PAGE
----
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Skiing in Pakistan 

Skiing can be developed in Pakistan if subsidies are given on importing equipment and coaching is extended to locals living in snow-clad areas of country 

Skiing in Pakistan 
Skiing is a highly technical sport which is very popular in European countries. Skiing activities are gradually picking up in Pakistan due to efforts of Ski Federation of Pakistan, Army High Altitude School Rattu, Pioneer Sports & Ski School and Alpine Club of Pakistan.

Naltar in Gilgit district and Malam Jabba in Swat valley are hub of ski activities in Pakistan. Skiing activities also take place in Astore valley, Nathia Gali, Shimshal (Hunza), Deosai planes and Fairy Meadows near Nanga Parbat. With two 800 metre ski runs and four chair-lifts for skiers and a 60-room five star hotel and ice skating rink under construction, Malam Jabba is likely to emerge as an international level ski resort in near future.

Skiing is a delight for senses. We love what we feel when we ski. We love what we feel when we see another skier make a great run. Since 1998 the sport has undergone a revolution. The modern-day skis are now cut with an accentuated hourglass shape whose curvature has a radius that is 60 percent smaller than their predecessors.

Skiing is a winter sport. It requires supreme physical fitness, complete understanding of biomechanics and laws of forces acting on the body of a professional skier. Janica Kostelic of Croatia, one of the greatest skiers of all times who won three world cup titles, three slalom titles and six Olympic medals including four gold, and five world championships, says she emerged as a great skier because of her understanding of all fundamentals and her ability to maintain contact with the snow through the transition with perfect flexion moves so that she could get pressure on the edge early in the turn. Her technique, coupled with the precision of her line judgement, enabled her to ski consistently clean runs without needing to make recoveries or line corrections.

Janica, who also coaches skiing, says skiing is very technical, involving discussions on the course.  Forces, motions and movements are negotiated. The skier must know about the internal forces generated by his muscles and also the external forces like gravity, friction and wind resistance. All accomplished skiers use the force from the snow as their gyroscope.  They feel for it, balance it and judge the quality of skiing by it.

None but a fighter pilot can understand the effects of force during a sharp turn or when a fighter plane takes a sudden and steep climb. A skier experiences the effects of forces against the body expressed in Gs. Good skiers usually take 30 to 45 degrees and slalom turns from 60 to 70 degrees.  A professional skier thus experiences 1.4 Gs at 45 degrees, 2 G at 60 degrees and 2.9 Gs at 70 degrees.

If we compare a skier to a sports car, we can say that a skier’s upper body is the car’s body and chassis, the skis are the wheels and the legs and boots are the suspension and steering components that connect the wheels to the chassis. Remember that a car won’t run properly if suspension and steering are not aligned. The same is true for skiers.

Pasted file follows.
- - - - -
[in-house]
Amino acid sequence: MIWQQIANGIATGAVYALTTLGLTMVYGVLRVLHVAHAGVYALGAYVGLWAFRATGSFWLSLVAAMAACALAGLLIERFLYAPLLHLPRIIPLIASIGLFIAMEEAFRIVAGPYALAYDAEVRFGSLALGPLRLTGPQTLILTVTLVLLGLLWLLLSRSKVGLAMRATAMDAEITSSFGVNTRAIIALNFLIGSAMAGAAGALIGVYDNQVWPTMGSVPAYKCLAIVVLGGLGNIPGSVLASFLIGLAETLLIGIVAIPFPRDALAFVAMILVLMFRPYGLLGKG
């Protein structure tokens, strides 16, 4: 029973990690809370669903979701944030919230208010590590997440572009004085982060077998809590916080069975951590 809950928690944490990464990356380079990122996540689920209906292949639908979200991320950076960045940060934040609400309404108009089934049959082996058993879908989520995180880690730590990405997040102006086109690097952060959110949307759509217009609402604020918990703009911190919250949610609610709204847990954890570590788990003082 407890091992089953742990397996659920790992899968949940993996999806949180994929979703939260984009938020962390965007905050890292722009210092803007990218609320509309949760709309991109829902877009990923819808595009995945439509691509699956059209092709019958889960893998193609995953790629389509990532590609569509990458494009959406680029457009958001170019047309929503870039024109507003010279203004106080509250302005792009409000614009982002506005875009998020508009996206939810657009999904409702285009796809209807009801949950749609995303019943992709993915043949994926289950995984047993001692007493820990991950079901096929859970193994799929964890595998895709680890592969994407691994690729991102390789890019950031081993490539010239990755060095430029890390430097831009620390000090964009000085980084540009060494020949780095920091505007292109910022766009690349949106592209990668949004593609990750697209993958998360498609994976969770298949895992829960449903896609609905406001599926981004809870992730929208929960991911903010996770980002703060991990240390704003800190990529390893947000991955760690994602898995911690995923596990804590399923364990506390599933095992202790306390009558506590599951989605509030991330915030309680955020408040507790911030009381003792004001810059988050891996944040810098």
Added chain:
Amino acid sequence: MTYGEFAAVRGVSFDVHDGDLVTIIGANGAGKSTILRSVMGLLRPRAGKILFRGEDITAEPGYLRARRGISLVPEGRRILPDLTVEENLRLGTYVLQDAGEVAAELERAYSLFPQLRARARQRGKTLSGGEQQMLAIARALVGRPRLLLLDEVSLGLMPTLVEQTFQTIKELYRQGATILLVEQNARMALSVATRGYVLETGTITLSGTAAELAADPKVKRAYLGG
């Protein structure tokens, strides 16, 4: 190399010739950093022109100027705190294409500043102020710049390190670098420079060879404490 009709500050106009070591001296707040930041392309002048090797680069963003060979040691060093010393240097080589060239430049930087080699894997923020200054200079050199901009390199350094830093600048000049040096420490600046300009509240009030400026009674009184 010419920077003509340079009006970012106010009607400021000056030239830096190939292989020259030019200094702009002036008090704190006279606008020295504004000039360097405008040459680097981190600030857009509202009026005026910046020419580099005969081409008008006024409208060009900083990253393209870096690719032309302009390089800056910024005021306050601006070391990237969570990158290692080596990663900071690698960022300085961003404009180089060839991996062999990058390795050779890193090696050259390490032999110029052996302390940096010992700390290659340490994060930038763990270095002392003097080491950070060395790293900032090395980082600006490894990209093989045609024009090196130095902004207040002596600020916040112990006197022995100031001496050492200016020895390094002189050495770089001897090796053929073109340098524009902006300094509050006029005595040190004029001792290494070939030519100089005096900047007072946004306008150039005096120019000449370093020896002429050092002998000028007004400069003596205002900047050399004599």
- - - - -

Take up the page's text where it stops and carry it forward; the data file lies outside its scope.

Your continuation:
Your ski boots are thus of paramount importance. For a racing car to be competitive, its suspension must be tweaked and turned to provide just the right handling. Similarly, the recreational skier boots will perform adequately if they match the right make and model of the skier.

Unfortunately, so far we have not achieved this specialty in Pakistan. The bigger the skier the stiffer the boot, and if you carry more mass around your hips than in your upper torso, consider wearing a softer boot. Similarly, if you spend more time in cruising, skiing fast, skiing in very soft snow or in big moglus, a softer forward flex will work better. Most of the professional ski racers use softer boots for downhill than for slalom and giant slalom.  If one skis on hard snow or like making short, quick turns, more beef in the front of the boot is helpful.

Skiing becomes very lively when the skier lets the mountain take the lead and enjoy skiing from moment to moment, making tactical decisions based on natural snow conditions and terrain.

The snow condition is another important factor in skiing. Ice is the most demanding surface to ski on.  It is the calibrator that measures the ability and spits back the judgement immediately.  Moguls add wonderful variety to skiing. The loose snow skiing is carried out on powder, curd and slush where it is difficult to move side ways and a lot of torque is required to make turns.  Last but not the least are steeps when a skier is pitched against slope.  The slopes vary from 35 to 45 degree.  This is most thrilling as it unhooks your body from emotions.

Pakistan Ski Federation is trying to popularise the winter sports to the best of its ability and resources. However, skiing can only be developed in Pakistan if subsidies are given on importing ski equipment and coaching is extended to locals living in snow-clad areas of country.

 

Aamir Bilal

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